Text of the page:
The broken wings of Amélia Earhart, aviation pioneer with a tragic fate

The broken wings of Amélia Earhart, aviation pioneer with a tragic fate

May 21, 1932, somewhere in the sky west of the British Isles. Flames erupt from the engines of his Lockhead Vega, a monoplane. Gasoline leaks in the cabin of the plane piloted by Amélia Earhart. It has been flying across the Atlantic for more than ten hours. Despite the tiredness, the aviation pioneer remains clear-eyed. She gets distracted and ends up safely in a field in Ireland. The trick resounds. Part of Newfoundland, Canada, and if Paris was originally targeted, the 35-year-old American has just completed a solo North Atlantic crossing.

“I am proud of my gender”

“She smiles when she recounts her adventures, she even smiles when she talks about the danger she faced, she smiles when she remembers how close she came to crashing her burning plane into the sea . She always smiles, because in this body with a fragile and delicate appearance hides a strong soul.” On May 31, 1932, the match reporter had no words to commend the achievement of Amélia Earhart.

Five years after Charles Lindbergh, young aviator Amélia Earhart became the first woman to fly solo across the Atlantic. The young woman, born in Kansas in 1897, fascinates in a man’s world. “I’m not a feminist in the political sense,” she explains to her interlocutor, “but I’m proud of my gender.”

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Amélia Earhart, who was quickly nicknamed “Lady Lindy” in reference to her male counterpart (Charles Lindbergh), with whom she shared certain physical traits according to the press of the time, appears to be playing with fire; However, she is not a hothead. She took flight lessons in 1921 before crossing the thresholds step by step. First at high altitude, with a flight at 4,300 meters – already a first for women – then a crewed transatlantic flight and a solo crossing of the Americas in 1928 – another first for women – four years before her flight that made her New in One of drove the newspapers to which she has been accustomed for ten years and her first record.

Her insatiable character drives her to constantly face new challenges. Especially since the audience is at the meeting point. For the pilot, who is married to a publisher, also writes successful books: 20 hr 40 min: Our Flight in the Friendship, published in 1928, recounting his manned Atlantic crossing, then The fun of it, 1932, a more personal essay.

Commercial issues for passenger transport

From 1936 she began to push ahead with an ambitious project: circumnavigating the world via the equator, which she initially wanted to accomplish alone. “An achievement of wholly commercial utility” and “the most extraordinary adventure an aviator has ever risked,” notes L’Excelsior of June 21, 1936. The era is then set to conquer the skies for passenger transport still largely dominated by rail and ocean liners . For this new mission, the native of Kansas has also acquired a Lockheed L-10 Electra, dubbed the “Flying Laboratory” by the pilot, “a transport aircraft that is roughly similar to all those that operate on American lines,” emphasizes Amélia Earhart journalists.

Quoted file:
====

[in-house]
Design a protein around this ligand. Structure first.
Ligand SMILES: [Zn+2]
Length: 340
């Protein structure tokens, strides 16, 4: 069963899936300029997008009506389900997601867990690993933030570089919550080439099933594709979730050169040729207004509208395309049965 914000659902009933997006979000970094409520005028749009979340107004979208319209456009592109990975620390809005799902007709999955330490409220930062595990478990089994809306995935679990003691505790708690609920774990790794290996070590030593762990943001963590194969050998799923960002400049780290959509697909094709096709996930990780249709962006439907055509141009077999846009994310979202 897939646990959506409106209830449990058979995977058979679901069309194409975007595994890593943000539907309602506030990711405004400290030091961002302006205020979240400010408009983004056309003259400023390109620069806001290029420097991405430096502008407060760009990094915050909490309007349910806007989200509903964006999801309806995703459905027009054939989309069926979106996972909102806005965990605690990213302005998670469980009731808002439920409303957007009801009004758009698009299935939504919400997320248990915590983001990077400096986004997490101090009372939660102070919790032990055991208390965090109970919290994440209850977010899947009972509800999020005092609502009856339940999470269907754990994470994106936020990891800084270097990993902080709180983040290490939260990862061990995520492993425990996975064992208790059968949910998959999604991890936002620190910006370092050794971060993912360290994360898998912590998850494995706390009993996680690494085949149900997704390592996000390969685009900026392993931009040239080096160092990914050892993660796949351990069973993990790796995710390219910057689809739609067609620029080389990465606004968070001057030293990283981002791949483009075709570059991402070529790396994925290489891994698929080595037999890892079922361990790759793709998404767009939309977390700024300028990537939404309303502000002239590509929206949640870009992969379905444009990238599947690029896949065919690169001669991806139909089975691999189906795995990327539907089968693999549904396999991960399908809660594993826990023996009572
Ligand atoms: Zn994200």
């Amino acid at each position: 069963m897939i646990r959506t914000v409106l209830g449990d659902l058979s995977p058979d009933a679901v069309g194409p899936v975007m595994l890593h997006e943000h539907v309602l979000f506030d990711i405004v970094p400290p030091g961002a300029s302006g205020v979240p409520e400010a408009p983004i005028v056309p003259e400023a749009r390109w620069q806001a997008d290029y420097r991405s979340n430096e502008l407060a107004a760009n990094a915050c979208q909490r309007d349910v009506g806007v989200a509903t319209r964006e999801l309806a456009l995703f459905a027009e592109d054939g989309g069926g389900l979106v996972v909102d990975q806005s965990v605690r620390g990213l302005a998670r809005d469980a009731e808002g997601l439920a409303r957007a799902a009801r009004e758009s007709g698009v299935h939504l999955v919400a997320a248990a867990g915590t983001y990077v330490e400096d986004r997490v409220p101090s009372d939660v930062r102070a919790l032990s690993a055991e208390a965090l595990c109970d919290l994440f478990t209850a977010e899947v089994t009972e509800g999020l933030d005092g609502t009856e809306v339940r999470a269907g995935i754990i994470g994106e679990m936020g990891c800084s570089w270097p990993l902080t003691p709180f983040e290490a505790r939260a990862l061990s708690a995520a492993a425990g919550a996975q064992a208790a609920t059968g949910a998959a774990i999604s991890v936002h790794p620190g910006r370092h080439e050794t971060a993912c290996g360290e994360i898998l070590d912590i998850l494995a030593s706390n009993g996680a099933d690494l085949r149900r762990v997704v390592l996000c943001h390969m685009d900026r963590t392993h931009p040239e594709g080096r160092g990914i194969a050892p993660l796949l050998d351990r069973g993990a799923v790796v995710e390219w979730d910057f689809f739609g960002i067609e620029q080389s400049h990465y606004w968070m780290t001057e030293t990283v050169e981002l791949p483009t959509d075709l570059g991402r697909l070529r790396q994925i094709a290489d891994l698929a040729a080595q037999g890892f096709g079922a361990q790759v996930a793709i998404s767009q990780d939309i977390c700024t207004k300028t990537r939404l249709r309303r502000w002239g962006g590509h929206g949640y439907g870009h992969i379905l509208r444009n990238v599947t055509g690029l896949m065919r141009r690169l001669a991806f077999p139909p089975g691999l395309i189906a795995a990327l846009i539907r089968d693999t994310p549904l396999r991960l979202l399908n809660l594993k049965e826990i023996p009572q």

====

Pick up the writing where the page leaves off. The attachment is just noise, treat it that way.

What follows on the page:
She departed westbound from Miami on June 1, 1937. After 32,800 kilometers and stations in Puerto Rico, Venezuela, Suriname (then Dutch Guiana), Brazil, Senegal, Eritrea, India and Burma, then Java, Australia and New Guinea, the young woman completed three quarters of the course. Probably the most complicated part is yet to come: crossing the Pacific Ocean and a leg of more than 4,000 kilometers that will take her to the island of Howland, a tiny point in the expanse of the ocean.

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On the evening of July 2, Amélia Earhart, accompanied by the American pilot Fred Noonan, meets her fate. A tragic fate. The aviation pioneer and her pilot disappear with their body and property forever. The next day, the press is ecstatic and burns at this disappearance. Paris-Soir abounds in the July 4 issue of Le Matin, entitled “Amelia Earhart and her navigator have not yet been found,” always on the front page “Amelia Earhart Lost in the Pacific.” Subtitled with an emergency message that would have been intercepted: “I don’t see the country and only have half an hour of gas”. “It was yesterday (7:12 p.m. UTC), then nothing,” the daily concludes, developing this information on page 5 alongside an entire page devoted to the rise of Nazism and the rearmament of Germany.

Significant search resources were employed in the days that followed. It is believed for a time to have been taken in by an English ship and then taken refuge on an atoll in the Phoenix Islands. Her husband finances expeditions until October before realizing them. Proof that we were still hoping for a long time that the pilot was not officially declared dead until a year and a half later.

Research until 2019

In August 2019, Robert Duane Ballard, an American marine scientist, also from Kansas, to whom we owe the discovery of the wreck of the Titanic, took up the challenge of finding the Lockheed L-10 Electra. Without success. Many theories still circulate today, particularly about bones found on Nikumaroro Island. More likely, however, is that the ocean will keep its secret forever.

Amélia Earhart, she left a piece of history for humanity. “Adventure in itself is a rewarding cause,” she wrote. I leave you with another of these quotes: [Les femmes] receive more fame than men for similar achievements. But women, too, become better known when she spits herself.” Finally, leaving the conclusion to Walter J. Boyne, US Air Force pilot and book author: “Amelia Earhart was undoubtedly ahead of her time”. If she was way ahead, let’s say she didn’t lose it.